Alaric II, Chieftan of the Visigoths
(Abt 458-507)
Theodogotha DI PANNONIA
Chlodovech (Clovis) I "The Great" MEROVING, King of the Salian Franks
St. Chrotechildis GJÚKUNGAR of Burgundy
(Abt 480-548)
Amalaric II, King of the Visigoths
Chrothieldis (Clotilde) MEROVING
(Abt 507-531)

Leodegild, King of the Visigoths
(Abt 527-586)


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Leodegild, King of the Visigoths

  • Born: Between 525 and 530, Westgoten
  • Married:
  • Died: Abt 21 Apr 586, Toledo, Castile

  Orthographic variations: Liuvigild, Leovigildo

  Research Notes:

His birth date range is estimated from the birth of his first grandson in [580/85], and his sons being appointed associate kings in 573. The Iohannis Abbatis Biclarensis Chronica records that "Leovegildus germanus Livvani regis" was installed "in regnum citerioris Hispaniæ" by his brother in 569. Isidore of Seville records that Liuva established "his brother Leovigild not only as his successor but as his partner in the kingship, appointing him to rule Spain while he contented himself with rule of Gallia Narbonensis". The Iohannis Abbatis Biclarensis Chronica records that in 572 Leovigildo recaptured Córdoba, which had rebelled against Visigothic rule during the reign of King Agila.

He succeeded his brother in 573 as LEOVIGILDO King of the Visigoths. The Iohannis Abbatis Biclarensis Chronica records that Leovigildo succeeded "Livva rex" in 573. He extended Visigothic influence into Rioja in 574/75, and Oróspeda in 577. The Iohannis Abbatis Biclarensis Chronica records that "Leovigildus rex" occupied "partem Vasconiæ" and founded “civitatem...Victoriacum” [Victoriaco], dated to [581]. The greatest among the Visigothic rulers in Spain, he reinforced the power of the monarch by introducing court ceremonial based on Byzantine practices. He introduced a new legal code Codex revisus (which has not survived) and also rescinded a longstanding Roman ban on inter-marriage with native inhabitants of Spain, thus hastening Visigothic integration in the country. His son Hermenegildo rebelled against him in Seville in 581. Leovigildo conquered the Suevi in the north-western part of the peninsula, deposing King Audica in 585, and suppressed the revolt of Malaricus who attempted to assume control of Galicia. His reign was marked by persecution of the Catholic church in Spain.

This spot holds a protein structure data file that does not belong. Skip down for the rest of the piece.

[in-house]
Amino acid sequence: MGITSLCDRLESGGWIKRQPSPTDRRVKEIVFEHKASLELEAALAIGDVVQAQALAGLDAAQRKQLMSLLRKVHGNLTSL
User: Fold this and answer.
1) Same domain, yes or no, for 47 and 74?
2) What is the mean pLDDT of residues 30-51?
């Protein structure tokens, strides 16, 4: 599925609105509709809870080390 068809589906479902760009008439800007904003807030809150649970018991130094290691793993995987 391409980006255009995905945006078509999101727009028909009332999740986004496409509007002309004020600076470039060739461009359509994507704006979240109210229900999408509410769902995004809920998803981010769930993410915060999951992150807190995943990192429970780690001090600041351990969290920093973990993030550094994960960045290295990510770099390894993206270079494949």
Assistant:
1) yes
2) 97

The Iohannis Abbatis Biclarensis Chronica records the death in 586 of "Leovegildus rex". Isidore of Seville records that he ruled for eighteen years and died a natural death in Toledo "in the era 624 (586)". The Chronica Regum Visigotthorum records that “Liuvigildus” reigned for 18 years. 1


Almost every single year of his kingship, Liuvigild marched against the Byzantines, the Suebi, the Basques, or domestic competitors. According to the chronicle of John of Biclaro, as co-king Liuvigild initiated the first of several campaigns to expand the territory of the kingdom of the Visigoths, which Peter Heather describes as a "list of striking successes". Liuvigild's first campaign began against the Suebi in 569, during which he very quickly subdued Zamora, Palencia, and Leon. Then in 570 he attacked the district of Bastania Malagnefla (the ancient Bastetania), where he defeated imperial forces. In 570, Liuvigild "laid waste the region of Bastetania and the city of Málaga, defeating their soldiers". The following year he captured Medina Sidonia, assisted "through the treachery of a certain Framidaneus." Then, around the time he became sole ruler with the death of his brother Liuva (which occurred in either 571 or 572), seized Córdoba from the Byzantine Empire. Though constantly at war with the Byzantines in southern Hispania, Liuvigild accepted the administration of the Byzantine Empire, adopted its pomp and ceremony, the title Flavius, the throne, crown, scepter, and purple mantle, and subsequently struck gold coins in his own name to commemorate the event.